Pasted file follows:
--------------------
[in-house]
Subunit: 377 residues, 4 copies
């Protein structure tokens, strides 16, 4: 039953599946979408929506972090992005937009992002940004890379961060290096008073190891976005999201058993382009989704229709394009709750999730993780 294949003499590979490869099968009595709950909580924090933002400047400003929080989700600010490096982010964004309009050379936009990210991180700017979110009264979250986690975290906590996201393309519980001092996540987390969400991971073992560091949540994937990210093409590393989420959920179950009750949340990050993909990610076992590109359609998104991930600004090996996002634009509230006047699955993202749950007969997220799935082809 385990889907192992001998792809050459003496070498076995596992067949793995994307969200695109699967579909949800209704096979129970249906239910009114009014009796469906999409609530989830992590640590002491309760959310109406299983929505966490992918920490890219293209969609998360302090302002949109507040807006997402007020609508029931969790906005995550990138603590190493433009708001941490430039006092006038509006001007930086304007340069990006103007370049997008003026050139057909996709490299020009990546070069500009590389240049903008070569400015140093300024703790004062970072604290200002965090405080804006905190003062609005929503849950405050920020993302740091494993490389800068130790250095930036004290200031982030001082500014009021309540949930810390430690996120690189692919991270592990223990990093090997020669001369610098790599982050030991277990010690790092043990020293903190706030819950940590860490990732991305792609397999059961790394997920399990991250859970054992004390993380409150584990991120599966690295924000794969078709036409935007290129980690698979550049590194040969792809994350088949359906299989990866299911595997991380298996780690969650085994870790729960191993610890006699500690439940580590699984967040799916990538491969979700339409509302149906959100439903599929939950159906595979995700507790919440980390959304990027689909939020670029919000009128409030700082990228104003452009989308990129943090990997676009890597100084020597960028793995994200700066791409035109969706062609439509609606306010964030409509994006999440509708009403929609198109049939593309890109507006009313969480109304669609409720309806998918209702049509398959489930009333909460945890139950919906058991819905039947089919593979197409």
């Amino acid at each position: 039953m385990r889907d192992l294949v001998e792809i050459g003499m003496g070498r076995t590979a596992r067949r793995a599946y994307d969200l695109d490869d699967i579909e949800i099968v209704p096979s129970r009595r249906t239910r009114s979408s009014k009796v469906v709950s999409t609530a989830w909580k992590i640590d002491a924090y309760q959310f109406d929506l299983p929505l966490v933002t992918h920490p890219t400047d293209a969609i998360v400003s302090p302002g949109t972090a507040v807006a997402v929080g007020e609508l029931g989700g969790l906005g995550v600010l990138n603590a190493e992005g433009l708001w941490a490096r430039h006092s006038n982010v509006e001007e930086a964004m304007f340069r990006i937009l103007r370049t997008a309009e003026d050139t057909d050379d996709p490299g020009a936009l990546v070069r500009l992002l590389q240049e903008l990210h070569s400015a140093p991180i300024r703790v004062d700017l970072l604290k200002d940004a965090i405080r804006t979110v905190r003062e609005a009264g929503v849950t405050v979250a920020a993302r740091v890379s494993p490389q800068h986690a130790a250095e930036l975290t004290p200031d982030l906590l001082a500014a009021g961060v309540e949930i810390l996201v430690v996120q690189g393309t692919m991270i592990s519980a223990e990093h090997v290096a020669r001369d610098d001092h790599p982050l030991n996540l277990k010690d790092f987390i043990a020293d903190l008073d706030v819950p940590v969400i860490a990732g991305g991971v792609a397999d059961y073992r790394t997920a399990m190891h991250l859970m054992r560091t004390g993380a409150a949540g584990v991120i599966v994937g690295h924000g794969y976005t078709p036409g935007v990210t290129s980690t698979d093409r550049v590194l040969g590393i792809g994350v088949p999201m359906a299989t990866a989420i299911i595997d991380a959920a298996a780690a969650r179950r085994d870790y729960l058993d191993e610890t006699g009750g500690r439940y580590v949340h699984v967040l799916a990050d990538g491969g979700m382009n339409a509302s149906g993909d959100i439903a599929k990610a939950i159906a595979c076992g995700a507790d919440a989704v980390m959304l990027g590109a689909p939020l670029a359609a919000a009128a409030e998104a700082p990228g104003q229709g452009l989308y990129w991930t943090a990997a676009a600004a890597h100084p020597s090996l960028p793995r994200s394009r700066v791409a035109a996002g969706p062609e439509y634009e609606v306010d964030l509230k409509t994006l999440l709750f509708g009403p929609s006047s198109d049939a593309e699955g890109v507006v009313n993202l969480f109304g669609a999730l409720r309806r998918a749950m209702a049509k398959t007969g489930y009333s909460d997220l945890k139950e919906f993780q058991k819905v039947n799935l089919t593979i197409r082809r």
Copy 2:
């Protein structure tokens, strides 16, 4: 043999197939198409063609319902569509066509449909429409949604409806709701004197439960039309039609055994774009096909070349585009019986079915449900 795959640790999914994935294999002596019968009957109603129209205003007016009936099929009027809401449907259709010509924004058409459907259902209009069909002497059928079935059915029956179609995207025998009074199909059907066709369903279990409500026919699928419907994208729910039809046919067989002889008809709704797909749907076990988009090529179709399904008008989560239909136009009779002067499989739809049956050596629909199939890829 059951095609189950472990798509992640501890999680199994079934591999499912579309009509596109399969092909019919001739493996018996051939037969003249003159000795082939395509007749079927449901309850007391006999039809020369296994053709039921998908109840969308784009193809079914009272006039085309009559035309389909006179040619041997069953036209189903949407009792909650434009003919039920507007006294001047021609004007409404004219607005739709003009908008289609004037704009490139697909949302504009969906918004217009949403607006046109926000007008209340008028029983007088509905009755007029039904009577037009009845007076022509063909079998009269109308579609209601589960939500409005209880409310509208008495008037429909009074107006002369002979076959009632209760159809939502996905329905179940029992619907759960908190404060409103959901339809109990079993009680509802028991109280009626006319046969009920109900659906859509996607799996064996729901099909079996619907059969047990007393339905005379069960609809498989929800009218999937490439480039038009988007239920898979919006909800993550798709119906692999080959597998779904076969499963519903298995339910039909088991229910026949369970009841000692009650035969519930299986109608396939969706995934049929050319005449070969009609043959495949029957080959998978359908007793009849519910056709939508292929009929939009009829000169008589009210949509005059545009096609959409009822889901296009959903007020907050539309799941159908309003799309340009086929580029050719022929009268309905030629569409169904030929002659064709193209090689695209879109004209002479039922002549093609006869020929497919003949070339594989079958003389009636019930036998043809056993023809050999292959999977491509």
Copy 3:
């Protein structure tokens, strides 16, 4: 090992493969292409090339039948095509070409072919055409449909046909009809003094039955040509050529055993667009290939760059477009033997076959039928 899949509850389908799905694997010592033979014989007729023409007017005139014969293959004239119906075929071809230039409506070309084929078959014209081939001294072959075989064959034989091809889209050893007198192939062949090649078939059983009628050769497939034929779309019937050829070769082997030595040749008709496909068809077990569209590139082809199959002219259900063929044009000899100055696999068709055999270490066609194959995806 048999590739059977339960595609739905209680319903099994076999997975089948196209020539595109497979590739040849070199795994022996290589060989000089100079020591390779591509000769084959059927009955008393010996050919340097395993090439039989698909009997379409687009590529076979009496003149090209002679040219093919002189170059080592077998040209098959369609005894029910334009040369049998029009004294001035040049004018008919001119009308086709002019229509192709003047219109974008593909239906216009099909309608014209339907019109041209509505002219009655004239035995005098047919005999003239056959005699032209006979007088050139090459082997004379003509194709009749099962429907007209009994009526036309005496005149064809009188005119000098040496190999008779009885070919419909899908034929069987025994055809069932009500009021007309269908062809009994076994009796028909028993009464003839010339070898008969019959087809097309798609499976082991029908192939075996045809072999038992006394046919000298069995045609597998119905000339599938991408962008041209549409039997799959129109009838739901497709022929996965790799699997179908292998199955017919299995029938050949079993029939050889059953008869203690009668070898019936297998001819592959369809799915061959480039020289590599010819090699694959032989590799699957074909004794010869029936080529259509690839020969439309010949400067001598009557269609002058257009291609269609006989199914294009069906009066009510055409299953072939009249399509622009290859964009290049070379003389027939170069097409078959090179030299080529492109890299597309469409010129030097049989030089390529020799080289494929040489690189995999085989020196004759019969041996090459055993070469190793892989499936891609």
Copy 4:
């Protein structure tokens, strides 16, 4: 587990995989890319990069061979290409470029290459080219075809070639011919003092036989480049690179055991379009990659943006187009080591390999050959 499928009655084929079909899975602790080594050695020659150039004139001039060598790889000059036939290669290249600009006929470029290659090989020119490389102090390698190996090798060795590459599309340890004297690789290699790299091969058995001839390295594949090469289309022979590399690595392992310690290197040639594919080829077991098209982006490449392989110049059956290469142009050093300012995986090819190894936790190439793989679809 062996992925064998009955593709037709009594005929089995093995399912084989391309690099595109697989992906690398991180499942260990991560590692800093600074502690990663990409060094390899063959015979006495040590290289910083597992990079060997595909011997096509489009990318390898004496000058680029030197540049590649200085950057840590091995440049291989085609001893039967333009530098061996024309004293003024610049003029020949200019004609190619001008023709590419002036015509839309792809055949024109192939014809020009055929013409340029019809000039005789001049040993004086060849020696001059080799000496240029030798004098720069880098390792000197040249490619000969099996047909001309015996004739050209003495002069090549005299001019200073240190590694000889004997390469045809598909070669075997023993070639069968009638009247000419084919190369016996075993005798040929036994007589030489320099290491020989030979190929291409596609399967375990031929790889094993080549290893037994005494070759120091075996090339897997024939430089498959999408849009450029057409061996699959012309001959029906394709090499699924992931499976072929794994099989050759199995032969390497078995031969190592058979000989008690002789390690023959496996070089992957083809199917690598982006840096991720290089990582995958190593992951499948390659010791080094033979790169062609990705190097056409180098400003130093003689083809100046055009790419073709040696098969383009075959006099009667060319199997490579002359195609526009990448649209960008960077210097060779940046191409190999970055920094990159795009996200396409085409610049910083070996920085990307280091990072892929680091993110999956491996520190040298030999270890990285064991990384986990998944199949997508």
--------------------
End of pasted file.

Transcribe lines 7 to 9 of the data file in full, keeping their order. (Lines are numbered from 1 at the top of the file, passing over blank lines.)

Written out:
Copy 3:
């Protein structure tokens, strides 16, 4: 090992493969292409090339039948095509070409072919055409449909046909009809003094039955040509050529055993667009290939760059477009033997076959039928 899949509850389908799905694997010592033979014989007729023409007017005139014969293959004239119906075929071809230039409506070309084929078959014209081939001294072959075989064959034989091809889209050893007198192939062949090649078939059983009628050769497939034929779309019937050829070769082997030595040749008709496909068809077990569209590139082809199959002219259900063929044009000899100055696999068709055999270490066609194959995806 048999590739059977339960595609739905209680319903099994076999997975089948196209020539595109497979590739040849070199795994022996290589060989000089100079020591390779591509000769084959059927009955008393010996050919340097395993090439039989698909009997379409687009590529076979009496003149090209002679040219093919002189170059080592077998040209098959369609005894029910334009040369049998029009004294001035040049004018008919001119009308086709002019229509192709003047219109974008593909239906216009099909309608014209339907019109041209509505002219009655004239035995005098047919005999003239056959005699032209006979007088050139090459082997004379003509194709009749099962429907007209009994009526036309005496005149064809009188005119000098040496190999008779009885070919419909899908034929069987025994055809069932009500009021007309269908062809009994076994009796028909028993009464003839010339070898008969019959087809097309798609499976082991029908192939075996045809072999038992006394046919000298069995045609597998119905000339599938991408962008041209549409039997799959129109009838739901497709022929996965790799699997179908292998199955017919299995029938050949079993029939050889059953008869203690009668070898019936297998001819592959369809799915061959480039020289590599010819090699694959032989590799699957074909004794010869029936080529259509690839020969439309010949400067001598009557269609002058257009291609269609006989199914294009069906009066009510055409299953072939009249399509622009290859964009290049070379003389027939170069097409078959090179030299080529492109890299597309469409010129030097049989030089390529020799080289494929040489690189995999085989020196004759019969041996090459055993070469190793892989499936891609």
Copy 4: